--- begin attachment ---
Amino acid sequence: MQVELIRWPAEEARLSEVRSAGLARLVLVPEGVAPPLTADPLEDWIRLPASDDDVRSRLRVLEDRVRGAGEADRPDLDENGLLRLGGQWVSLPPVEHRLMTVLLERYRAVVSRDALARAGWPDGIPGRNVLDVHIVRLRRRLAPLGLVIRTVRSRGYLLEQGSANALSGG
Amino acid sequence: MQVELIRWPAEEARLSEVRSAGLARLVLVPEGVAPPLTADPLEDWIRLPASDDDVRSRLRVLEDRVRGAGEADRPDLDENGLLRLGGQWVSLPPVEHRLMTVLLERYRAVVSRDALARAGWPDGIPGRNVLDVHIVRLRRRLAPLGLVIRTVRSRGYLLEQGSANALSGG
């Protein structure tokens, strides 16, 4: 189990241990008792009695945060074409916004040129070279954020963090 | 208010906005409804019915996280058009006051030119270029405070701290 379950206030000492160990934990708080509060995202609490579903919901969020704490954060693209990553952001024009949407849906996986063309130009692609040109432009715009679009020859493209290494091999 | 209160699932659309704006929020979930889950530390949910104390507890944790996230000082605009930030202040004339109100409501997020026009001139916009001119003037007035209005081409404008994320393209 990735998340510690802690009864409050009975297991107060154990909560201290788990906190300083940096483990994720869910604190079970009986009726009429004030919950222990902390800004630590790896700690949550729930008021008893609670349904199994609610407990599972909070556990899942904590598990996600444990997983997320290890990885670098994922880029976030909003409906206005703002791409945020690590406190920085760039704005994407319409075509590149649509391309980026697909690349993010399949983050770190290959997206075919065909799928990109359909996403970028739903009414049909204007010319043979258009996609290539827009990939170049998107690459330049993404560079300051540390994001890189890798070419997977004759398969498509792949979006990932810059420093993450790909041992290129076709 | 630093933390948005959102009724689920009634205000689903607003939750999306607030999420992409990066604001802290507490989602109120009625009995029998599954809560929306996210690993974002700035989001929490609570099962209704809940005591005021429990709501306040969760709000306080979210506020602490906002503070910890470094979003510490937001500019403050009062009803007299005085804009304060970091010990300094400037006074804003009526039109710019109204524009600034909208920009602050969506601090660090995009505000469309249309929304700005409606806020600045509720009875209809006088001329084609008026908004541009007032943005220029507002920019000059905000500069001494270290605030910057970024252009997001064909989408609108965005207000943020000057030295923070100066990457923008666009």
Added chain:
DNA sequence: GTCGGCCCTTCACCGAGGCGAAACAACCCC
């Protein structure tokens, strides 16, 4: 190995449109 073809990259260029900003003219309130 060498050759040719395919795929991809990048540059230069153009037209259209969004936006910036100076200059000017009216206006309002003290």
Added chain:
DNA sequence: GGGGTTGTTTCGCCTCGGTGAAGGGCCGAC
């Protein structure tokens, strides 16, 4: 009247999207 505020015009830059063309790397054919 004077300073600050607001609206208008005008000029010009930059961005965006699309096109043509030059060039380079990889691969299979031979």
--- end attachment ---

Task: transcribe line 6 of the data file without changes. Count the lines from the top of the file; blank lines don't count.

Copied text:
């Protein structure tokens, strides 16, 4: 190995449109 073809990259260029900003003219309130 060498050759040719395919795929991809990048540059230069153009037209259209969004936006910036100076200059000017009216206006309002003290």